BREEDING SUMATRAN RHI­NOS

Progress on re­pro­duc­tion re­search at cel­lu­lar level is fast, but the ex­per­i­men­tal process is costly and la­bo­ri­ous

New Straits Times - - Opinion - KRISTY INUS kristy@nst.com.my The writer, a staff correspondent for the NST Sabah bureau, is open to ex­pe­ri­enc­ing new things and ad­ven­tures. She re­cently em­braced the Muay Thai train­ing as a life­style

WHEN Lok Kawi Wildlife Park opened about a decade ago, it pro­vided a chance for lo­cals and tourists to get to know a lot more about en­demic an­i­mals like orang­utans and Bor­neo pygmy ele­phants.

The park, lo­cated 45 min­utes from Kota Kinabalu, Sabah, pro­vided a lush and nat­u­ral back­drop for staff to con­duct re­ha­bil­i­ta­tion on species fac­ing ex­tinc­tion, while at the same time, ed­u­cat­ing the pub­lic on their sur­vival and chal­lenges in the con­text of hu­man-wildlife con­flict.

It was at this fa­cil­ity I had the chance to see the elu­sive Sumatran rhi­nos in per­son, the first and very likely the last chance I would have in this life­time.

The fe­male rhino was no longer there. Gel­u­gob died in Jan­uary 2014 of an age-re­lated ill­ness, where at 37, she was the old­est rhino to have died in cap­tiv­ity.

Back then, she was one of 10 rhi­nos in cap­tiv­ity world­wide, and con­ser­va­tion­ists es­ti­mated that there were less than 150 wild rhi­nos in Su­ma­tra and Bor­neo.

To­day, there are three rhi­nos in cap­tiv­ity in Malaysia and seven in In­done­sia, in­clud­ing two born to the same par­ents.

“How­ever, there are none left in the wild in Malaysia. A few, about 20 in to­tal, are pre­dicted to be in Kal­i­man­tan and south­ern Su­ma­tra. Maybe a few in Acheh,” said Bor­neo Rhino Al­liance (Bora) ex­ec­u­tive di­rec­tor Datuk Dr Ju­naidi Payne.

Bora is a non-gov­ern­men­tal or­gan­i­sa­tion con­tracted by the gov­ern­ment to care for the three rhi­nos in cap­tiv­ity at the Bor­neo Rhino Sanc­tu­ary in Tabin Wildlife Re­serve, La­had Datu.

The threat of los­ing the species re­cently made head­lines again when one of the trio, Pun­tung, was crit­i­cally ill and in dan­ger of dy­ing. Pun­tung was cap­tured in 2011, af­ter which it was de­ter­mined she was the last re­main­ing wild rhino in the re­serve.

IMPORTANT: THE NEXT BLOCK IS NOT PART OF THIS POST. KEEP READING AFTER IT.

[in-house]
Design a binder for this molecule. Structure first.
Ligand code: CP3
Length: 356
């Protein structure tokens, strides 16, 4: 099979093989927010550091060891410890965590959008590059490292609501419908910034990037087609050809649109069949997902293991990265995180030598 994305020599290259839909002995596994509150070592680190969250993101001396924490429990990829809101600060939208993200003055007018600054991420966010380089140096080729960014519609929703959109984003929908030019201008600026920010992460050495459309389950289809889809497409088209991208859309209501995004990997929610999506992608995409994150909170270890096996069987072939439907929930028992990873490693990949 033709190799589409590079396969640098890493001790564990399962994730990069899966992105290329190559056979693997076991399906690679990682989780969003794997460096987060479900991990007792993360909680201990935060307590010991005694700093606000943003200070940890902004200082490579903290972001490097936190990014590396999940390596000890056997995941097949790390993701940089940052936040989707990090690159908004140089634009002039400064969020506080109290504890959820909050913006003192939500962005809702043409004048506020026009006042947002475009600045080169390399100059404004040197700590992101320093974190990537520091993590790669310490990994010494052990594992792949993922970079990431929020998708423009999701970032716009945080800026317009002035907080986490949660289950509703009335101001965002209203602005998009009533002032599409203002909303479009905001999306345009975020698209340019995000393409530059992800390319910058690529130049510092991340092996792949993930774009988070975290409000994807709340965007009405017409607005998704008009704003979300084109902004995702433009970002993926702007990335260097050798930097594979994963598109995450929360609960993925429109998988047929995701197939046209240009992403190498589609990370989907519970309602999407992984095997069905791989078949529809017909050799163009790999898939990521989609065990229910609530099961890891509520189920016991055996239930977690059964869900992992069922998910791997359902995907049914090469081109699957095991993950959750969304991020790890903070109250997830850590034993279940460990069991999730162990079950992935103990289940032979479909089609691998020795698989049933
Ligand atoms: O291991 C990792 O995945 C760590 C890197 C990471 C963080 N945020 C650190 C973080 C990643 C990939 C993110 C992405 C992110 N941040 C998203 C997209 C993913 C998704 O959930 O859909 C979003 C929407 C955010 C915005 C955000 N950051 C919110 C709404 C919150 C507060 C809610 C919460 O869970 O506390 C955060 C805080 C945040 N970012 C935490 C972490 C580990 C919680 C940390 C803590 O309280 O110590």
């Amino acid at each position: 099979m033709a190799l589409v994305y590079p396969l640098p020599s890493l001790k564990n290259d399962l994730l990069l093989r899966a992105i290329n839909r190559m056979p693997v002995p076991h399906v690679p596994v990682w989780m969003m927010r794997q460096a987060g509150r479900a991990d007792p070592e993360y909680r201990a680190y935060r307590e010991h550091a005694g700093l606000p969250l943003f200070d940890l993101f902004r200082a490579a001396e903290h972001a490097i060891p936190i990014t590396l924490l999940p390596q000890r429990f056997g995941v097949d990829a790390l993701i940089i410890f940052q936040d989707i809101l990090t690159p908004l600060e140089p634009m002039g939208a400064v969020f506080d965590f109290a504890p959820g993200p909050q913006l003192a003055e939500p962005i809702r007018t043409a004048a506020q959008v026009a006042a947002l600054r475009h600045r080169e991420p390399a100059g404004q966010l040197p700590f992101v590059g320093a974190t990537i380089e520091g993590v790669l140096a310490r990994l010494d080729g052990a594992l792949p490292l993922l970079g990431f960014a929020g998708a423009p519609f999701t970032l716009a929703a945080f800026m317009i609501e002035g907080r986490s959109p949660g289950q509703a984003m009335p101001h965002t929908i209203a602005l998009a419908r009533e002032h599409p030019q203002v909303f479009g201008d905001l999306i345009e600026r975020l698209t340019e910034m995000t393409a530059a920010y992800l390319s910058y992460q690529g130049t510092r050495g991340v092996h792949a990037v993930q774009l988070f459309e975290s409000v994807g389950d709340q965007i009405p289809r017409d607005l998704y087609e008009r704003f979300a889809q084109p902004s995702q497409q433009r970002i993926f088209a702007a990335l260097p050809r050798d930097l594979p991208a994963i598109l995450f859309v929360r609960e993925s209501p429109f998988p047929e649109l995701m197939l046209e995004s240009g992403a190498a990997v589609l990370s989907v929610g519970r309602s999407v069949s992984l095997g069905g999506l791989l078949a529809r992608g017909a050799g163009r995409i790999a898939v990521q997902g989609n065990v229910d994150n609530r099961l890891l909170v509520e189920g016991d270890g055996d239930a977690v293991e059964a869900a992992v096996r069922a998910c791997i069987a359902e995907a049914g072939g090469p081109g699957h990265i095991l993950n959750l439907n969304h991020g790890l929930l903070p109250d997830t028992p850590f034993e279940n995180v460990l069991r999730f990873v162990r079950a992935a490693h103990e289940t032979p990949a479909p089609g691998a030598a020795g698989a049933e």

The fe­male rhino, es­ti­mated to be 25, en­dured surgery to ex­tract three of her teeth on April 19. So far so good, as Pun­tung is on the road to re­cov­ery. How­ever, vet­eri­nar­i­ans said it would take months be­fore she fully re­cov­ers.

Sumatran rhi­nos have a life ex­pectancy of 35 years, and the loss of Pun­tung would be a tragedy, said Dr Zainal Z. Zain­ud­din, Pun­tung’s vet.

Pun­tung was ini­tially planned to be mated with Tam, but uter­ine cysts made her un­able to bear calves. Ac­cord­ing to Bora’s web­site, at­tempts to breed the three rhi­nos nat­u­rally, in­clud­ing fe­male Iman, were un­suc­cess­ful. While Tam’s sperm qual­ity was not ideal, Iman too, has re­pro­duc­tive patholo­gies that have ren­dered her un­able to carry a foe­tus.

Pun­tung and Iman are still pro­duc­ing eggs, and since 2014, ef­forts have been di­rected to­wards in-vitro fer­til­iza­tion — the merg­ing of a sperm and egg in a lab­o­ra­tory.

Try­ing to avoid the same mis­take as with the Ja­van rhi­noc­eros, which is of­fi­cially ex­tinct in Viet­nam, Malaysia, in the past, had tried en­gag­ing In­done­sia on col­lab­o­ra­tions in Sumatran rhino pro­grammes — ex­chang­ing ga­metes and pos­si­bly rhino mates — but sources said the In­done­sian gov­ern­ment was not keen to do so.

“In-vitro work con­tin­ues, but it de­pends on the avail­abil­ity of spe­cial­ists from the Leib­niz In­sti­tute for Zoo and Wildlife Re­search (Ger­many), funds and the oestrus cy­cle (the pe­riod in the sex­ual cy­cle of fe­male mam­mals, ex­cept higher pri­mates, dur­ing which they are in heat) of the rhi­nos.

“Our last try was in April and only one egg was ob­tained. While there’s no suc­cess now, it is just a mat­ter of time for all the de­tails to be in place for a suc­cess­ful fer­til­i­sa­tion,” said Payne.

He said those in­volved in the ad­vanced re­pro­duc­tive tech­nol­ogy method in­cluded ex­perts from Italy’s Avan­tea Lab­o­ra­tory, In­done­sia’s Bo­gor Agri­cul­tural In­sti­tute, Sin­ga­pore Zoo, Sabah Wildlife Depart­ment and the Wildlife and Na­tional Parks Depart­ment.

Bora, in the past, had stated that the ex­per­i­men­tal process was costly and la­bo­ri­ous, and as of the mid­dle of last year, their funds ran out, call­ing the need for fur­ther fi­nan­cial as­sis­tance.

“The progress on re­pro­duc­tion re­search at the cel­lu­lar level is re­mark­able and fast and not known to the pub­lic.

“It won’t be far off be­fore sperm and eggs can be made in the lab from skin cells of the male and fe­male rhi­nos.

“Of course, one can also wait for new and sci­en­tific-minded de­ci­sion mak­ers in In­done­sia to al­low col­lab­o­ra­tion.

“As in many en­deav­ours, tim­ing is crit­i­cal as well as the ac­tual work,” said Payne.

The progress on re­pro­duc­tion re­search at the cel­lu­lar level is re­mark­able and fast and not known to the pub­lic. It won’t be far off be­fore sperm and eggs can be made in the lab from skin cells of the male and fe­male rhi­nos.

Pun­tung af­ter it was cap­tured in Tabin, Sabah, in 2011. She is one of three rhi­nos in cap­tiv­ity in Malaysia.

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